The darker figures in his life descend with near-comic force. Wilson’s father, Murray, landed the band its first recording contract, but soon resented his oldest son’s prodigiousness and acclaim. The band rebelled against him in its first year, and fired him as manager. Wilson confirms the once apocryphal story of serving a turd to his father on a dinner plate, which reveals how much rage shaped this naif. Wilson prints a letter his father wrote him in 1965, a chastened tyrant’s clinical business analysis of the band’s new challenges. This conflict, between Wilson and his father, between the band and its earliest champion, portends the later relationship Brian has with the overbearing “psychiatrist” Eugene Landy, who helped launch his first solo album, “Brian Wilson,” in 1988, where the song “Love and Mercy” first appeared.

Co-author Ben Greenman has captured Wilson’s voice so well every paragraph feels leavened by Wilson’s sophisticated naiveté. Much like his music, his voice hinges on stray insights, hidden corners of self-awareness that salve his mental wounds. As his best music suggests, his keen sense of music history, and deep affection for his brothers, buoy his best thoughts. That he’s the “only” Wilson brother left turns into a recurring theme. “I can get into a space where I think about it too much. I wonder why the two of them went away, and where they went, and I think about how hard it is to understand the biggest questions about life and death. It’s worse around the holidays. I can really get lost in it,” he says.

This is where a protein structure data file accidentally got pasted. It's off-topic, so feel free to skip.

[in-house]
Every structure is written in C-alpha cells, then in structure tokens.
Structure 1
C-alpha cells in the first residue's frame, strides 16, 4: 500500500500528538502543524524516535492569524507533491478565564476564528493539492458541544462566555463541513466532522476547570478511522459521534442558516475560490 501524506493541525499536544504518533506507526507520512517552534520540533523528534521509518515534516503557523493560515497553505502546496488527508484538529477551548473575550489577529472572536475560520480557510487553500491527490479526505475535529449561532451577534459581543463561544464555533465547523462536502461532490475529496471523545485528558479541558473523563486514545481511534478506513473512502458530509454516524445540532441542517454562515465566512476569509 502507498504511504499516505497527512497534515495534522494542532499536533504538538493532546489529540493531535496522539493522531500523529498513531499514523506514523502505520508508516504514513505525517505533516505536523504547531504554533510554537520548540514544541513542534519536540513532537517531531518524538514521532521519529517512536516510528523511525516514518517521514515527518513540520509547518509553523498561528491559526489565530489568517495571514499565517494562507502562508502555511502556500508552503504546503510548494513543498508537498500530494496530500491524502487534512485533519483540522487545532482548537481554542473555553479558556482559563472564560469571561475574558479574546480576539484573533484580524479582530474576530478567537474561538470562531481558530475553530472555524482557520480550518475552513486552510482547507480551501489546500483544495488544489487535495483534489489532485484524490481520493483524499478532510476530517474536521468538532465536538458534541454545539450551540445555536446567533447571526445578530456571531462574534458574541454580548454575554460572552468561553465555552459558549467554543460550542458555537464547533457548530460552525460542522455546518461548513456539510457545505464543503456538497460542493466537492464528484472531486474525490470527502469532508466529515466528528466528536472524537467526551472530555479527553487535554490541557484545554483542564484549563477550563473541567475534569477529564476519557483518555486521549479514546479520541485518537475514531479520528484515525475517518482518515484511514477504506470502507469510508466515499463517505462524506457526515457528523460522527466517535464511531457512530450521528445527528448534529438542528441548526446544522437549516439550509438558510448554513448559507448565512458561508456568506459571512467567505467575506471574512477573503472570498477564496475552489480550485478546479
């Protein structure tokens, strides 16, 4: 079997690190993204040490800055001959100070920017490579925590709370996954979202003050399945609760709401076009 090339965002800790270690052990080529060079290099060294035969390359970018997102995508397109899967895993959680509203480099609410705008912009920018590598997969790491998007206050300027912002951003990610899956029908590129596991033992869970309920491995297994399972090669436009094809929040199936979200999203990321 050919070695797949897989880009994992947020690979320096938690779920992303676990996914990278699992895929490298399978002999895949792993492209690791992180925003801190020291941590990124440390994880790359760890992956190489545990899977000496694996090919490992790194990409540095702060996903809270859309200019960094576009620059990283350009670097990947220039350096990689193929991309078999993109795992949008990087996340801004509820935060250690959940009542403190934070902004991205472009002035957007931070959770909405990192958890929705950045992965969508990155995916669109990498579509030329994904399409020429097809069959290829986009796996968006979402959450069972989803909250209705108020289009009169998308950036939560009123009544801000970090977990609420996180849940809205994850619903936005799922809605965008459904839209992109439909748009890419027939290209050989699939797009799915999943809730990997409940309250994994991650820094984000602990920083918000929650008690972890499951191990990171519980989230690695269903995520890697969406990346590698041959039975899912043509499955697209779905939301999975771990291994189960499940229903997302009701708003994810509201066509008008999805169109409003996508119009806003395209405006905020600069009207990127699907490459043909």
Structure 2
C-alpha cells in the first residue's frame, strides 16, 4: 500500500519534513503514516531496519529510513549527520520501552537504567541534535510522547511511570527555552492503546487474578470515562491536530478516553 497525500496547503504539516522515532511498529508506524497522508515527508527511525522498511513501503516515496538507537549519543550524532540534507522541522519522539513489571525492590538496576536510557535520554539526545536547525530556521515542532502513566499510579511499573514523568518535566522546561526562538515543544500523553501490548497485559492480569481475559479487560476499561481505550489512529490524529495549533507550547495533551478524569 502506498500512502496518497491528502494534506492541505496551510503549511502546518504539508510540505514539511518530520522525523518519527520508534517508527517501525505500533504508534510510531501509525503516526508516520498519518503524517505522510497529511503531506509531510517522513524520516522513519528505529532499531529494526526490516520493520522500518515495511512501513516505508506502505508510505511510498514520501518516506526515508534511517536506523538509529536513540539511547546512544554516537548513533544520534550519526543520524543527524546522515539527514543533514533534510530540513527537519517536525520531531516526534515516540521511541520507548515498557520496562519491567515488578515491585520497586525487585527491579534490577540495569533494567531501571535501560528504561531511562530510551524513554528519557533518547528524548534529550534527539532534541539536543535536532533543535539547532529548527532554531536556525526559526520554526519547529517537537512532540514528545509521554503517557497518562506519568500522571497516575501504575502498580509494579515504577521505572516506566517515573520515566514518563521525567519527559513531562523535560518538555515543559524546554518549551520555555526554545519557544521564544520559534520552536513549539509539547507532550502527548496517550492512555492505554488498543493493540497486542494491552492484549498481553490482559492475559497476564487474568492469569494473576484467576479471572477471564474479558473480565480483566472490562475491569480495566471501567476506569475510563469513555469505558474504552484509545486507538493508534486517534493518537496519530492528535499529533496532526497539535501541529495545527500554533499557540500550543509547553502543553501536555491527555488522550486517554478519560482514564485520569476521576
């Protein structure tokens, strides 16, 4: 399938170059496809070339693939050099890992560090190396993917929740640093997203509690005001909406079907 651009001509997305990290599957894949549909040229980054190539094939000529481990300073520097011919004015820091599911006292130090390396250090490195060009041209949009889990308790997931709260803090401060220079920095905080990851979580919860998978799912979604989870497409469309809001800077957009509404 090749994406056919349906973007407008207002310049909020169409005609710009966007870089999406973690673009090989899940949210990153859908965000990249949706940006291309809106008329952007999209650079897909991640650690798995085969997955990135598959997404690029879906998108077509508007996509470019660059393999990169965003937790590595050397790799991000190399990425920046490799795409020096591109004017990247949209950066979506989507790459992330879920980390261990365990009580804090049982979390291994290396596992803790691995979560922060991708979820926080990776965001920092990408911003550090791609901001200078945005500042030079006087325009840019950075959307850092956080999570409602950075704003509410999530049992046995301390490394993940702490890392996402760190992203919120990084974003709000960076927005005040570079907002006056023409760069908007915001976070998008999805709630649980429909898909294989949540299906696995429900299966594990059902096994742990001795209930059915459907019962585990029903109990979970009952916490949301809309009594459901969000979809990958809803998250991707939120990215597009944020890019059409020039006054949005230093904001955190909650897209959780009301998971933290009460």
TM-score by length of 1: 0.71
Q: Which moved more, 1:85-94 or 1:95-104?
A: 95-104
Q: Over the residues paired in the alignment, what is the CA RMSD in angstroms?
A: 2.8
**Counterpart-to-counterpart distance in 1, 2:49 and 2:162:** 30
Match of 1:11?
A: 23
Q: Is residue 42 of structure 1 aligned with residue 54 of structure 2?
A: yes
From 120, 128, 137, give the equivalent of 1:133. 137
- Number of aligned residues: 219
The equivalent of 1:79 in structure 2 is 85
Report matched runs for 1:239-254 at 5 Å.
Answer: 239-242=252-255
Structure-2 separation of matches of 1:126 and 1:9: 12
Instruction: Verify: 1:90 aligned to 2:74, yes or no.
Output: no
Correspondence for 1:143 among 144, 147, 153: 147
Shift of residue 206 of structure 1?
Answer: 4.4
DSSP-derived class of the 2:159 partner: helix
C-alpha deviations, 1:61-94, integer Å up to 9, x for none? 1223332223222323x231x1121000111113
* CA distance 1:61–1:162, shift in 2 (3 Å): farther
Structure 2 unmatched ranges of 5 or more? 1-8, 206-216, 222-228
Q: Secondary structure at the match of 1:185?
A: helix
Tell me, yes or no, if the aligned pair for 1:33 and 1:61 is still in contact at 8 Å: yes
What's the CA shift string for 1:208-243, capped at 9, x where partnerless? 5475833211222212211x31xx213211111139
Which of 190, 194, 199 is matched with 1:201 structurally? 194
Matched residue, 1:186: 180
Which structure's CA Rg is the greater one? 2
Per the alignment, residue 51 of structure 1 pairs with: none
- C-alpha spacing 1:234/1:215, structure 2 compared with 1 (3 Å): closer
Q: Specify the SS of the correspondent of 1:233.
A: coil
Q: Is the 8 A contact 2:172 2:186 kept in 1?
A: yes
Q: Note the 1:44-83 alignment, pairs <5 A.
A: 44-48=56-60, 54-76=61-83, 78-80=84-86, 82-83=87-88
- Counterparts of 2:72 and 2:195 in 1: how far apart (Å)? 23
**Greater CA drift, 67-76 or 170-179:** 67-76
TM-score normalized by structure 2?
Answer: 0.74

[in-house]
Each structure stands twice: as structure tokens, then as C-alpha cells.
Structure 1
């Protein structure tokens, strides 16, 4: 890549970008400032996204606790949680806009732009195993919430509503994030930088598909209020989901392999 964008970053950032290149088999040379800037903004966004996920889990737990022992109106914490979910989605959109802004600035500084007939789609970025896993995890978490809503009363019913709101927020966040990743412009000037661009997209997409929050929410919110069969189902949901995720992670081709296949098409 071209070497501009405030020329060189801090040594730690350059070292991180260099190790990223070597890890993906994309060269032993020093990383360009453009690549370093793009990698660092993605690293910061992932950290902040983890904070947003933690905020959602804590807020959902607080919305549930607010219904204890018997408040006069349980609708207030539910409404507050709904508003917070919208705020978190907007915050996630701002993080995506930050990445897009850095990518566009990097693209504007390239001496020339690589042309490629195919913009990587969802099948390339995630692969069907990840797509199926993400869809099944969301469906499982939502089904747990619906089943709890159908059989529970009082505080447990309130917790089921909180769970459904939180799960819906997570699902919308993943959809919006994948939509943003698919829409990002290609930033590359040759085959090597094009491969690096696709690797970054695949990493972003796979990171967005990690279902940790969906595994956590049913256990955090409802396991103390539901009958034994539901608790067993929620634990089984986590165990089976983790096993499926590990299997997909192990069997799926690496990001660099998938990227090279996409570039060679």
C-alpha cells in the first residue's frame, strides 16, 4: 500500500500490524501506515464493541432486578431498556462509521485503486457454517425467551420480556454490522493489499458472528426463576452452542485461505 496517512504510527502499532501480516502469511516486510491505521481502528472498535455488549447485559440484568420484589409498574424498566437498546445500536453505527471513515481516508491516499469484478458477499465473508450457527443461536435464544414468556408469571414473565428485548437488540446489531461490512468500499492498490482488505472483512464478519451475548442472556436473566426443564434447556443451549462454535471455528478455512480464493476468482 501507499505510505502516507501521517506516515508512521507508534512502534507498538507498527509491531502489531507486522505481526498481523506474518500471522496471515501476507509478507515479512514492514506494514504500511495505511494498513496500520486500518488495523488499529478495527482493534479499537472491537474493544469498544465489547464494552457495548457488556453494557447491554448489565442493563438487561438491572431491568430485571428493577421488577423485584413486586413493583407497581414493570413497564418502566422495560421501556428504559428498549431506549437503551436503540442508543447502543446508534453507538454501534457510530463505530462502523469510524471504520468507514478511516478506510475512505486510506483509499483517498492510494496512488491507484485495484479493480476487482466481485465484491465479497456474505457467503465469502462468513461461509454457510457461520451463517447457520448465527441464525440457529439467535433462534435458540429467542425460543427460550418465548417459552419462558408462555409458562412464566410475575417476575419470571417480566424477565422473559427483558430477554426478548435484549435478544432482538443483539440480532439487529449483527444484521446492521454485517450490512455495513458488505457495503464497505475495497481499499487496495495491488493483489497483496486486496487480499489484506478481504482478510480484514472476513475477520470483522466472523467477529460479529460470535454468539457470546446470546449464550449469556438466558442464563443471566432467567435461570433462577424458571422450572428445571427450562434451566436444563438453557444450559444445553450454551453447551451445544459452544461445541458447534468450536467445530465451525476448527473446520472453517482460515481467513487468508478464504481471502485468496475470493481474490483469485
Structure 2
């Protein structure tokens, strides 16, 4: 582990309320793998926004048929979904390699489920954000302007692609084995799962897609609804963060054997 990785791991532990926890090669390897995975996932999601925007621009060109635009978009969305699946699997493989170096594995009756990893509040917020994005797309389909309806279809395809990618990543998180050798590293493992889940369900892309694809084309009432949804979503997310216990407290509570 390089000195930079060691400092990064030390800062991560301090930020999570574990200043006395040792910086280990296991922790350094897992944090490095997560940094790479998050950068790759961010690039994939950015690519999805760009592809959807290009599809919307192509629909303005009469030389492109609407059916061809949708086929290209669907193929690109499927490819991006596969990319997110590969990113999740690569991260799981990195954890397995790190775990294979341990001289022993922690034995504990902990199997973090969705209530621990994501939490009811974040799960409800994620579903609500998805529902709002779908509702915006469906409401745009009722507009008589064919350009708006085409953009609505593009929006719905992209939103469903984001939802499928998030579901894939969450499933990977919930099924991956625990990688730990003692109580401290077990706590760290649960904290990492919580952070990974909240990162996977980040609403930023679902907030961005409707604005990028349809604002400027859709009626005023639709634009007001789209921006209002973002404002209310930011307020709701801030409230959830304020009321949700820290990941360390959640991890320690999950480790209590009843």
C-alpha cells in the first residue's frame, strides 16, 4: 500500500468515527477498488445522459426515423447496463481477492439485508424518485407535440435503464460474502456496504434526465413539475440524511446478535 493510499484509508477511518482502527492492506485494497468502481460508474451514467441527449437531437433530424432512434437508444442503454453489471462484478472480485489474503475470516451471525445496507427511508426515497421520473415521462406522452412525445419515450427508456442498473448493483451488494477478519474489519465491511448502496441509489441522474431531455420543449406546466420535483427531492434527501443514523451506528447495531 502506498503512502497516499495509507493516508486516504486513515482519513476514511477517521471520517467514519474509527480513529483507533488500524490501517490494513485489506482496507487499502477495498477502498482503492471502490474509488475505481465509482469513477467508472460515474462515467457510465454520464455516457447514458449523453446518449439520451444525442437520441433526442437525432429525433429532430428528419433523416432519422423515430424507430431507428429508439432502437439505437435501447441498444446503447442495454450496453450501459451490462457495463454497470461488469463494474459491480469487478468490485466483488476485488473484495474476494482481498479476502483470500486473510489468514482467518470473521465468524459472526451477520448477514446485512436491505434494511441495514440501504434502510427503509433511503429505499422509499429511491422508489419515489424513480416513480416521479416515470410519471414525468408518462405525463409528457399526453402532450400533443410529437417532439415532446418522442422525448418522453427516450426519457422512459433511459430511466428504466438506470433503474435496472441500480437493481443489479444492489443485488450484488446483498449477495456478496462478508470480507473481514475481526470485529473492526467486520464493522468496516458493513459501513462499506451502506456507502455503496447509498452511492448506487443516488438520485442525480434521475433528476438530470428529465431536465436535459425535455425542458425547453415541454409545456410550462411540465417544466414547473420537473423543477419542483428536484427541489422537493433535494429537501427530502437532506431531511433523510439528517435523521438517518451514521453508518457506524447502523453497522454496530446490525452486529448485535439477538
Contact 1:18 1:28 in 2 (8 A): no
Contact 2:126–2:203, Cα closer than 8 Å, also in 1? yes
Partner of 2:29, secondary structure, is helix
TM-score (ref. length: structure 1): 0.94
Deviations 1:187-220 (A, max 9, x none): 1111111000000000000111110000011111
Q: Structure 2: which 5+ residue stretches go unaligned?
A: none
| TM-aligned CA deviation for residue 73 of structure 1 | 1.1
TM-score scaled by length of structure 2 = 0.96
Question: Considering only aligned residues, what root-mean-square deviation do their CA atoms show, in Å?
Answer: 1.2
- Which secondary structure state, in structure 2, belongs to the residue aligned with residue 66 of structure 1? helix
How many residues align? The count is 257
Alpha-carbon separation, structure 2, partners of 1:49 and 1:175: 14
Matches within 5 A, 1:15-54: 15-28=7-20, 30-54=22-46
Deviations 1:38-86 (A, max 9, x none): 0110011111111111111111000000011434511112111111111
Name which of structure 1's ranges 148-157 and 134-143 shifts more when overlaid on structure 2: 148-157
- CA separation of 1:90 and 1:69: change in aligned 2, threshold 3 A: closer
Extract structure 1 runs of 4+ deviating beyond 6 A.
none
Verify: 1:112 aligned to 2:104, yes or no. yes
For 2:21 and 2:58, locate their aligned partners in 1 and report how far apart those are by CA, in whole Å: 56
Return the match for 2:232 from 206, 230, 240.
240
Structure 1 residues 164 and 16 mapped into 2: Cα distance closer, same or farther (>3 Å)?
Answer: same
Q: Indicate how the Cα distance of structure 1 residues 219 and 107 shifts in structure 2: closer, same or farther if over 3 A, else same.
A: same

His love for brothers Carl and Dennis manifests through tales of great vocal tracks and studio bonding (he singles out Carl for “Palisades Park” and Dennis for “Do You Wanna Dance”). And he conveys a bottomless affection for fellow writers, especially when he gets to meet them in person:

Ellie Greenwich came backstage to see me. I hugged her. “Every single day I wake up and thank you,” I said. She looked confused. “You know,” I said, “for writing ‘Be My Baby’ for me.” That’s how I felt that it was just for me. There have been other songs that hit me almost as hard: “Rock Around the Clock,” “Keep A-Knockin’,” “You’ve Lost That Lovin’ Feeling,” “Hey Girl.” But it’s hard to re-create the feeling of first hearing “Be My Baby.”

Wilson has no interest in trash-talking Mike Love, the other band member with a memoir this season (pass). In fact, for all the contempt Love ladled on “Pet Sounds” (with “Wouldn’t It Be Nice,” “God Only Knows” and “I Guess I Just Wasn’t Meant For These Times”), Wilson comes off far saner, the victim as peacemaker. A 50th reunion tour in 2014 finishes without incident largely because of how Wilson commits to mending fences.

In the vast, spacious canyons of his imagination, where he stashes observations and obsesses about the corniest of records, Wilson spins a miraculous life story from tragic circumstances. Every page pins deathless comments onto music you once thought familiar, like this one about “Pet Sounds”: “The last word of the album is no [“Caroline No”] but the album is a big yes.”